updates from three old friends


Product Updates from Montana Mountain Needles, Alsatian Soaps, and Debra's Garden





updated woods
Montana Mountain
It's been a while since we checked in with Sam Bolton, the woodworker who, in 2005, began making hand-turned knitting needles for his wife's yarn store in Montana. Dabbling quickly turned into passion. Sam collected feedback from knitters and made steady improvements to the tip and taper, also adding more exotic woods to the collection.



By the time I reviewed the needles again in 2008, they had matured into high-quality products of consistent construction—still with a loving touch that only comes from the handmade.

Sam recently sent me a new batch of his creations in even more types of wood, including a dense jet-black ebony, a mahogany-hued Bolivian rosewood, a lighter rose-colored kingwood, and a surprisingly bright ivory-colored American holly. They're part of a fun new Needle of the Month program that Sam and his wife are offering.

Here's how it works: You sign up for six or eight-month durations, and you can start any time. You pick the wood category or leave it up to Sam; you also can choose the needle lengths (10" or 14"). The needle size will range from US4 to 11. The price ranges from $138 to $216 depending on wood types and needle lengths. Each month, a new surprise.

three happy tubes of Knitters Hands balm
Alsatian Soaps
When I first saw the knitting-themed Alsatian Soaps and included them in my 2007 gifts round-up, I figured that the knitting "thing" was just a phase for Alsatian Soaps and that they'd soon move on to other markets. I was mistaken. Not only is Alsatian Soaps still working for knitters, the company is expanding its offerings from soaps to skincare products.

Of particular interest is the new lotion bar called Knitters Hands. Here in the northeast U.S., the dry winter air can bring chronic dry-skin problems that are particularly frustrating when knitting, since the cracks and calluses love to snag against yarn. A lot of folks use products with beeswax (especially those from Burt's Bees) or shea butter. The Knitters Hands lotion bar contains the best of both worlds, with beeswax, shea butter, cocoa butter, jojoba seed oil, avocado oil, sweet almond oil, and vitamin E—friendly materials for both skin and fiber.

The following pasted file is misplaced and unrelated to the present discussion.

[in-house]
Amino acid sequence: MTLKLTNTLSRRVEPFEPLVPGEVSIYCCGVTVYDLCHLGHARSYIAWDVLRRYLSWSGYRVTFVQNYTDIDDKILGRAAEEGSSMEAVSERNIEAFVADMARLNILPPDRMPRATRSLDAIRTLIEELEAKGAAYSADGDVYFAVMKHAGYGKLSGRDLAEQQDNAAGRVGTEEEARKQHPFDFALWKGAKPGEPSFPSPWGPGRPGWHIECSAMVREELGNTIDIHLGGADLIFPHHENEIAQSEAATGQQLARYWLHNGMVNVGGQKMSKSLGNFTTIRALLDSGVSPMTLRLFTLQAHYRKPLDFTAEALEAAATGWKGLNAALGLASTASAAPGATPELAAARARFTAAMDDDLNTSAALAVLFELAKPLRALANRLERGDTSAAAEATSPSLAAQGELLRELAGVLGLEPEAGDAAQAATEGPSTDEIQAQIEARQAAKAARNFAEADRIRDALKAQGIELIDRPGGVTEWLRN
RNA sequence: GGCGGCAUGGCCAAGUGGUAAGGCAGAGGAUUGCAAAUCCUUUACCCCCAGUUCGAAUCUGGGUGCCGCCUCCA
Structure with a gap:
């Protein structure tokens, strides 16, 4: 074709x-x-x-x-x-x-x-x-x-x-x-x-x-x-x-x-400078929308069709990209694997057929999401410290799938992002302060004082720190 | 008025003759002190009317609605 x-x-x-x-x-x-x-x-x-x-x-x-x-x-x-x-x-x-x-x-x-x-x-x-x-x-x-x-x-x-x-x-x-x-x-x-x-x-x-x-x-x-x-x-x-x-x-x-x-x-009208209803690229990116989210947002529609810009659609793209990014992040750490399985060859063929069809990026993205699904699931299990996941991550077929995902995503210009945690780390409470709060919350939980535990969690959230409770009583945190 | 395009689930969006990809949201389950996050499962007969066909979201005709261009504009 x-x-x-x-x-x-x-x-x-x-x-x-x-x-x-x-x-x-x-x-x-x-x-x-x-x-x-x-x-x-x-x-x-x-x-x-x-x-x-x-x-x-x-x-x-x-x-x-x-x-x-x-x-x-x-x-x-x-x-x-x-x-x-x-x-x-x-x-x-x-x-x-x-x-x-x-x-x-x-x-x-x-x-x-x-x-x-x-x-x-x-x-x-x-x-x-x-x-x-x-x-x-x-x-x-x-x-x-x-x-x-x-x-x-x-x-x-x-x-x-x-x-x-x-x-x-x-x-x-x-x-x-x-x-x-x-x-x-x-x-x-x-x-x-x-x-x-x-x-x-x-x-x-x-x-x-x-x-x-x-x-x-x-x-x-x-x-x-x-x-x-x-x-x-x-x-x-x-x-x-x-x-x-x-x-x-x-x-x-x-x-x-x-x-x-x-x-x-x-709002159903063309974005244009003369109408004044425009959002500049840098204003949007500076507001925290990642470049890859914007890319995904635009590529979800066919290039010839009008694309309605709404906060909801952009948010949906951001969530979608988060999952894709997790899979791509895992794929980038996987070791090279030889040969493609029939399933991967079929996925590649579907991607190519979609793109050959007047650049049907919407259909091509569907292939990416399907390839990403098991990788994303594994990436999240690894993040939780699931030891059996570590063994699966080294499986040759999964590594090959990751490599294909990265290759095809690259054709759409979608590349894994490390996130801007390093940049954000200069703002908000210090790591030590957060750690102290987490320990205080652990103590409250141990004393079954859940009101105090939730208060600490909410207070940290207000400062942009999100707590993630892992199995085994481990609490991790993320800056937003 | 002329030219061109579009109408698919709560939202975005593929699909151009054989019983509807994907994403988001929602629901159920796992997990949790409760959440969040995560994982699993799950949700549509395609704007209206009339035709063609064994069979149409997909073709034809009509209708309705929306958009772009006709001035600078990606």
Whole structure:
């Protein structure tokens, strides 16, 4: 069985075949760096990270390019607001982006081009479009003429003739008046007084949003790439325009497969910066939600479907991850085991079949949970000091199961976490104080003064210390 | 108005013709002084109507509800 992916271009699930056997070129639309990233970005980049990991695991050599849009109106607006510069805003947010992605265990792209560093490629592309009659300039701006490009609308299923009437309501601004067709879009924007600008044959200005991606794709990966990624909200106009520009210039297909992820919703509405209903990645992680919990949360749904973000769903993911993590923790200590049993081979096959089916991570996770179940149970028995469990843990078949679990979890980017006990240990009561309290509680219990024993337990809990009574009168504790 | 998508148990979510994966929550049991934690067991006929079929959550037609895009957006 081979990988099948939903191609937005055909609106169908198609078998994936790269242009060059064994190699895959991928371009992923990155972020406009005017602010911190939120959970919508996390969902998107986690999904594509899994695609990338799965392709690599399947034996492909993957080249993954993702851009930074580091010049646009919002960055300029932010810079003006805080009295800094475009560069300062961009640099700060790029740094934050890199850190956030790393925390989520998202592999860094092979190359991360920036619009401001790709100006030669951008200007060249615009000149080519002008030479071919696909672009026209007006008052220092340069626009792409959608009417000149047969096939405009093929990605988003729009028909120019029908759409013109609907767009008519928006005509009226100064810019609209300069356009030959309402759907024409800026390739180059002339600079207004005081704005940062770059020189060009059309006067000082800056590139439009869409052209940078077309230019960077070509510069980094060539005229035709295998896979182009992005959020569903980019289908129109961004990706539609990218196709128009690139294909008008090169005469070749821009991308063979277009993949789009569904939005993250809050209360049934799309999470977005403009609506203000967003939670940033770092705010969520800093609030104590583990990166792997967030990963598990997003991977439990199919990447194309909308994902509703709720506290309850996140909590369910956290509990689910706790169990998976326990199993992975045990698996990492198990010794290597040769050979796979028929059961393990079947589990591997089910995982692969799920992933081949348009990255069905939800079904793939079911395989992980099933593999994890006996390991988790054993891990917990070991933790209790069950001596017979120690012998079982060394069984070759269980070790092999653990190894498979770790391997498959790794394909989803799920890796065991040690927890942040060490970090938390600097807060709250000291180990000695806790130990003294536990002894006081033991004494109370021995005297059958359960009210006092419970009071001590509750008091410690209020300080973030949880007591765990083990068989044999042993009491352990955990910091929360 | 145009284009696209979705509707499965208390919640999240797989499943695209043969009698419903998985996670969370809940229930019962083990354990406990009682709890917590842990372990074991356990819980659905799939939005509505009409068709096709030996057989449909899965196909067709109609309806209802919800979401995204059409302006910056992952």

Knitters Hands is available in unscented form as well as in Tahitian vanilla, apricot, aloe, and apricot freesia fragrances. Each 1.5oz tube retails for $9 (from Alsatian Soaps or Jimmy Beans Wool), while the 2oz tins retail for $9.95. Either should give you several months of steady application. I plan on giving mine a thorough workout this winter.

the lace needle gauge pendant
Debra's Garden
The handiest gadget of 2008 continues to get handier, as the Debra's Garden Needle Gauge pendant is now available with both US and metric needle size markings, with an optional US crochet hook sizer (sizes B through O) and—sound the trumpets for fine-gauge knitters across the land—lace and sock gauges (with holes to measure US000/1.5mm to US6/4mm).

The price remains unchanged at $16 (from Dream Weaver Yarns or directly from Debra's Garden). You can get utilitarian needle sizers for less, but they won't give you a tool that doubles so well as jewelry, a key fob, or even a zipper pull; nor will they get you a tool made of a very durable metal that does not warp or crack, which most plastic needle sizers are prone to do.

The first needle gauge pendant that I reviewed in 2008 had US-only markings for sizes 0 to 17. Most knitters may not see a need for the finer gauge markings, since not everybody loves to work with size 000 needles. But the finer needles rarely have markings, and holes for measuring them would need to be extraordinarily precise—which lends itself to a well-made, highly calibrated metal sizer exactly like the one Debra's Garden has given us.

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